Breakdown: What Is The Department Of Homeland Security’s ‘Secure Communities’?

on Tuesday, Aug. 30th

President Obama announced mid-August that certain folks who are in the U.S. and undocumented, will be considered low-priority for deportation. Factors that could be taken into consideration are a person’s  ties to the country, their intention to pursue higher education, and their physical health. On first glance, we might expect to see a decrease in the amount of deportations as a result of this announcement.

But at the same time, the Obama administration approved the increasingly influential Secure Communities (S-Comm) program, implemented under the U.S. office of Immigration and Customs Enforcement (ICE) within the Department of Homeland Security (DHS). The program has been responsible for 120,000 deportations since 2008.

At Turnstyle, we heard the term Secure Communities and wanted to know more. We spoke with two experts who interact with S-Comm cases on a regular basis: Angela Chan, a staff attorney at the Asian Law Caucus, who specifically works on the intersection of the criminal just system and immigration, as well as Allison Davenport, a clinical instructor at the International Human Rights Law Clinic, at the U.C. Berkeley School of Law, who regularly does workshops for ICE detainees about their legal options in Contra Costa County.

The two of them broke down the specifics of the program, using examples from their own work.

What is the program?

Secure Communities is a program started by ICE that connects the local law enforcement database to the federal immigration system. Fingerprints of anyone who comes into contact with the police are sent to a state agency which forwards the fingerprints to the Federal Bureau of Investigation (FBI) and the Department of Homeland Security (DHS). The fingerprints are then referenced against the Automated Biometric Identification System, called IDENT, that has information about immigration violators as well people with criminal records. IDENT was first activated in Harris County, TX on October 27, 2008. While S-Comm is not active in every county in the United States as of now, ICE plans to “turn it on” in every county by 2013.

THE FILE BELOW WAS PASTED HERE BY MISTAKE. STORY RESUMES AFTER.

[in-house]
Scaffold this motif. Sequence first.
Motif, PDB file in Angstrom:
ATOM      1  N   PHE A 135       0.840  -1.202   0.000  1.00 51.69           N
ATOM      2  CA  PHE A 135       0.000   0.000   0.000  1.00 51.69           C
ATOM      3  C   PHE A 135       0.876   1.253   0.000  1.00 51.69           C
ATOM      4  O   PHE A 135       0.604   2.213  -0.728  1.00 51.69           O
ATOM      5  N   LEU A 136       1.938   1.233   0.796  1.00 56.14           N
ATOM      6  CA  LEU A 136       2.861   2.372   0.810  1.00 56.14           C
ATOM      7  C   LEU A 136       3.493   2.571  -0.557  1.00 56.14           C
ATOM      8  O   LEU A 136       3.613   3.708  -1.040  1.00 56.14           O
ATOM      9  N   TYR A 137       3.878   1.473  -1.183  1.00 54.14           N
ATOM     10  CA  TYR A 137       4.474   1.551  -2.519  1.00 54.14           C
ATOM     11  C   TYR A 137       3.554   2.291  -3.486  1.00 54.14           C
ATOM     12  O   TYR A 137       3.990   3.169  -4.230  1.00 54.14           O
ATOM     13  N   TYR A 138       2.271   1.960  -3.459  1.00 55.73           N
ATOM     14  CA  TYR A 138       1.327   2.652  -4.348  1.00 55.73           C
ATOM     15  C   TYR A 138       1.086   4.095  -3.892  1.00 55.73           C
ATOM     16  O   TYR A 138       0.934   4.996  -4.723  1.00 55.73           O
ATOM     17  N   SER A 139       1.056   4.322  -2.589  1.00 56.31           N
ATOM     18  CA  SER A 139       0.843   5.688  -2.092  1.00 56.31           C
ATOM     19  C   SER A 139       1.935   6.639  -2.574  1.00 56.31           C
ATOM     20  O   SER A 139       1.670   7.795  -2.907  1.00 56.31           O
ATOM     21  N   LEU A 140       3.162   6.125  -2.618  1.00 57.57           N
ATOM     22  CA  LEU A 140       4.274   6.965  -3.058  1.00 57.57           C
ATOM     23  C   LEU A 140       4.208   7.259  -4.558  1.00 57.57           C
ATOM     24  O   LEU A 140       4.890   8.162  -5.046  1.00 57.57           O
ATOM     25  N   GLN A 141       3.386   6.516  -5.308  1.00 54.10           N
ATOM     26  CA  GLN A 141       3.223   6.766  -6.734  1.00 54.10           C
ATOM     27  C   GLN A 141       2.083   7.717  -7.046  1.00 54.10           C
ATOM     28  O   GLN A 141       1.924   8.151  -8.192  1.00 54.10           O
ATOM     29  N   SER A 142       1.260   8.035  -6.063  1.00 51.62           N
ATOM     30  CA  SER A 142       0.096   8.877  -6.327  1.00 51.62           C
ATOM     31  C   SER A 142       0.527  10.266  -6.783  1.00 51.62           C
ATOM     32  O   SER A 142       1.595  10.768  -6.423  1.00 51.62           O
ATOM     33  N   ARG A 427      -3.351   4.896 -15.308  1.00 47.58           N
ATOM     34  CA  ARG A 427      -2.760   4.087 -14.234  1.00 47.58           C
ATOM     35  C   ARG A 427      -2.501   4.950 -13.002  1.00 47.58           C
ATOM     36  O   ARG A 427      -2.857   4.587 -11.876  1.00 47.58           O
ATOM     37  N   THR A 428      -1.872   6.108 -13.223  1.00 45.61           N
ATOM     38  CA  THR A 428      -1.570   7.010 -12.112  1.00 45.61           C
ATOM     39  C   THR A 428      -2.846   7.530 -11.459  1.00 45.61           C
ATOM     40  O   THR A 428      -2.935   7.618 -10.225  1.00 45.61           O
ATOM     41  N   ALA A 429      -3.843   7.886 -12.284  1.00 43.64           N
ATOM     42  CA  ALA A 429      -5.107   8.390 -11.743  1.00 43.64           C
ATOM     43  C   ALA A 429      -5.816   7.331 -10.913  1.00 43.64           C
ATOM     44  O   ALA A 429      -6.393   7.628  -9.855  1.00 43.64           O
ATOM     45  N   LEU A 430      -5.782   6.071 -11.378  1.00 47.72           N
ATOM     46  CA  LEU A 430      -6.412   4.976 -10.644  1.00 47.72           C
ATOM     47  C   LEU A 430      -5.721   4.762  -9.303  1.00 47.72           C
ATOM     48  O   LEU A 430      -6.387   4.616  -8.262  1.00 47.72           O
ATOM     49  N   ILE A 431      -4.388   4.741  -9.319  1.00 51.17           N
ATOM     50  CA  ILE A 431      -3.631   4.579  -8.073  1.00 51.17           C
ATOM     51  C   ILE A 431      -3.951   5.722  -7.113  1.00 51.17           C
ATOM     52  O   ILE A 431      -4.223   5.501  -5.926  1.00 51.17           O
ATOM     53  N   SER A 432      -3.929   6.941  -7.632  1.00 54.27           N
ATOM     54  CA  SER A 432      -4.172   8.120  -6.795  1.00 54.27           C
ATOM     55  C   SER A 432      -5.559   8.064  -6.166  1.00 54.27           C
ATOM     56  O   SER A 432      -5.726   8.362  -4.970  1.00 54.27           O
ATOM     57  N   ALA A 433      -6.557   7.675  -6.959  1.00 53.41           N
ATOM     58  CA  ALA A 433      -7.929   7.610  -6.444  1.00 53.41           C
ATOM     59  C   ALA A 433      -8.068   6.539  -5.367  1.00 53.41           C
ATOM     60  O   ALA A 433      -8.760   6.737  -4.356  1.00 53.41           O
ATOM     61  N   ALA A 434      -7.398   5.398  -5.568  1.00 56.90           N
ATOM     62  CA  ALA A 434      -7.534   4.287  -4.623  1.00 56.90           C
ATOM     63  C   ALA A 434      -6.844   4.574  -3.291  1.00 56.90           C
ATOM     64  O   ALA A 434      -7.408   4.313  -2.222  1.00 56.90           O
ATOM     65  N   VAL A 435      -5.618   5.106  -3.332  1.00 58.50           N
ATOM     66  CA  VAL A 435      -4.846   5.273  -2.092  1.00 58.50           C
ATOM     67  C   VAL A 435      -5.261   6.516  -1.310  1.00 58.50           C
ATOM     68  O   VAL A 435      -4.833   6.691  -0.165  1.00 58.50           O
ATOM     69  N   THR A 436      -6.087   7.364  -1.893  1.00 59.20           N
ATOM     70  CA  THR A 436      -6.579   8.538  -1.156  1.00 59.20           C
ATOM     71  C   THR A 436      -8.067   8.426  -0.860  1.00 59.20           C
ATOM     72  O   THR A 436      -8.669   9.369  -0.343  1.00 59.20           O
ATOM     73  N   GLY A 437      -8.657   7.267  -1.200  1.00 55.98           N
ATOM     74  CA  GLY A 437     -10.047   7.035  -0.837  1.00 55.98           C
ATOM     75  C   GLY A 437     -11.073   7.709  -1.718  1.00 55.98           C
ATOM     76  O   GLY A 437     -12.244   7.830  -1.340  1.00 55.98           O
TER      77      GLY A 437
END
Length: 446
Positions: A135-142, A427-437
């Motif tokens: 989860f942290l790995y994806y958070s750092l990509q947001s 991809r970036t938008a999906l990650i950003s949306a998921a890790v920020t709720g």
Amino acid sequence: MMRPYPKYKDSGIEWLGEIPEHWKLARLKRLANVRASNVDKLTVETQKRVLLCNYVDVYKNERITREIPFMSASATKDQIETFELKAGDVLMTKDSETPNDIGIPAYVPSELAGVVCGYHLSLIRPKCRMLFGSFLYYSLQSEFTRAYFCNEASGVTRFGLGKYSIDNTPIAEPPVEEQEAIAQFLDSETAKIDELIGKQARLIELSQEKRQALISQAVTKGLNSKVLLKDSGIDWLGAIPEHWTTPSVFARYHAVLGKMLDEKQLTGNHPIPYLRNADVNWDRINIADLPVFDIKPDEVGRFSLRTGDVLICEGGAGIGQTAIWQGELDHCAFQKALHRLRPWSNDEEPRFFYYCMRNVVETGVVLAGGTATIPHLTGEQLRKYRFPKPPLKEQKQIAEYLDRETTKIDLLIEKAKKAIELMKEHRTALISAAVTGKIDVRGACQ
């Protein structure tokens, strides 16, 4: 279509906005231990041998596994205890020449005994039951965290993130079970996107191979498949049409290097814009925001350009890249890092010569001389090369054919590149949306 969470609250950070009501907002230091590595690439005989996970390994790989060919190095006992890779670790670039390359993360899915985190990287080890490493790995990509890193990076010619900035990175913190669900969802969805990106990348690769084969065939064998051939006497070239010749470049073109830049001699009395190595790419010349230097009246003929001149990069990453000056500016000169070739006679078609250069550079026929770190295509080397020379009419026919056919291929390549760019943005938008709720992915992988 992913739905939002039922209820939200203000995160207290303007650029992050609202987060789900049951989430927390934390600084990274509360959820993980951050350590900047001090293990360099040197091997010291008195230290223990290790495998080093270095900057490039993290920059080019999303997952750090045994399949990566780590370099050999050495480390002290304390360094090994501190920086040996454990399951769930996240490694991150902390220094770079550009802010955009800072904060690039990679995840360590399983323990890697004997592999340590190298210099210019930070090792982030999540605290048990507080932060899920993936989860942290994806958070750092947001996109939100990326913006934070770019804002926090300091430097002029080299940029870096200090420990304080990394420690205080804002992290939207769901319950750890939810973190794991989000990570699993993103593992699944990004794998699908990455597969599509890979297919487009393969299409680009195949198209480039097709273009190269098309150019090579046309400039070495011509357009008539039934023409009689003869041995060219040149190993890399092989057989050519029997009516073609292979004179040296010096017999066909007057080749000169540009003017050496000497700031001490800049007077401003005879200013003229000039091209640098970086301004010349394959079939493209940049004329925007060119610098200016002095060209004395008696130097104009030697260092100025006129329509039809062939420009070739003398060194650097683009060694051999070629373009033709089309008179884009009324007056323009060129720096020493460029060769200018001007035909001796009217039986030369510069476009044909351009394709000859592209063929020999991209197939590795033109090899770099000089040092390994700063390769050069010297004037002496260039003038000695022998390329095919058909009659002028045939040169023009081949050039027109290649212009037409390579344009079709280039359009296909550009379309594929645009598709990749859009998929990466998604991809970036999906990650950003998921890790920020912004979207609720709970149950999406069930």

What are the proceedings?

According to Chan, when the local police get involved in a situation — be it a traffic violation, a report of domestic violence, or another crime — the police take down the fingerprints, and identification information, of the parties involved.

First, the fingerprints go to the state department of justice and then onto the FBI for a criminal background check.

Now, because of S-Comm, in 44 states those fingerprints are then turned over to the federal immigration office and checked for immigration problems. If someone in local custody is in violation of legal immigration status, ICE can request that the local law enforcement hold that person for 48 hours. This hold happens regardless of what’s happening with the matter that the person was originally brought in for.

After these 48 hours, the person is turned over to ICE, which often entails being transferred to an immigration detention center.

While the intentions of S-Comm are to identify dangerous criminals who are eligible for deportation, Davenport said, in actuality, immigration officials are not discriminating between serious criminals and others. “Now it’s this huge sweeping process. Everyone who gets fingerprinted gets forwarded to the immigration system. People who are not even charged with a crime, or who would be released because of insufficient evidence, are forwarded to the immigration system and transferred to ICE custody, where they spend weeks in a detention facility,” she said. “There is an increase in scope, and a lack of distinction.”

Chan gave the example of someone calling to report domestic violence. “The police might not know who is the perpetrator and who is the victim. The police fingerprint both parties to see who’s lying. When they do that, unfortunately now, in 44 states including California, those fingerprints are turned over to the immigration office,” she said.

Secure Communities IDENT/IAFIS Interoperability Monthly Statistics through June 30, 2011

Who is affected?

One does not have to be a criminal to be at risk of being held for deportation under S-COMM; the program affects anyone who comes in contact with the local police.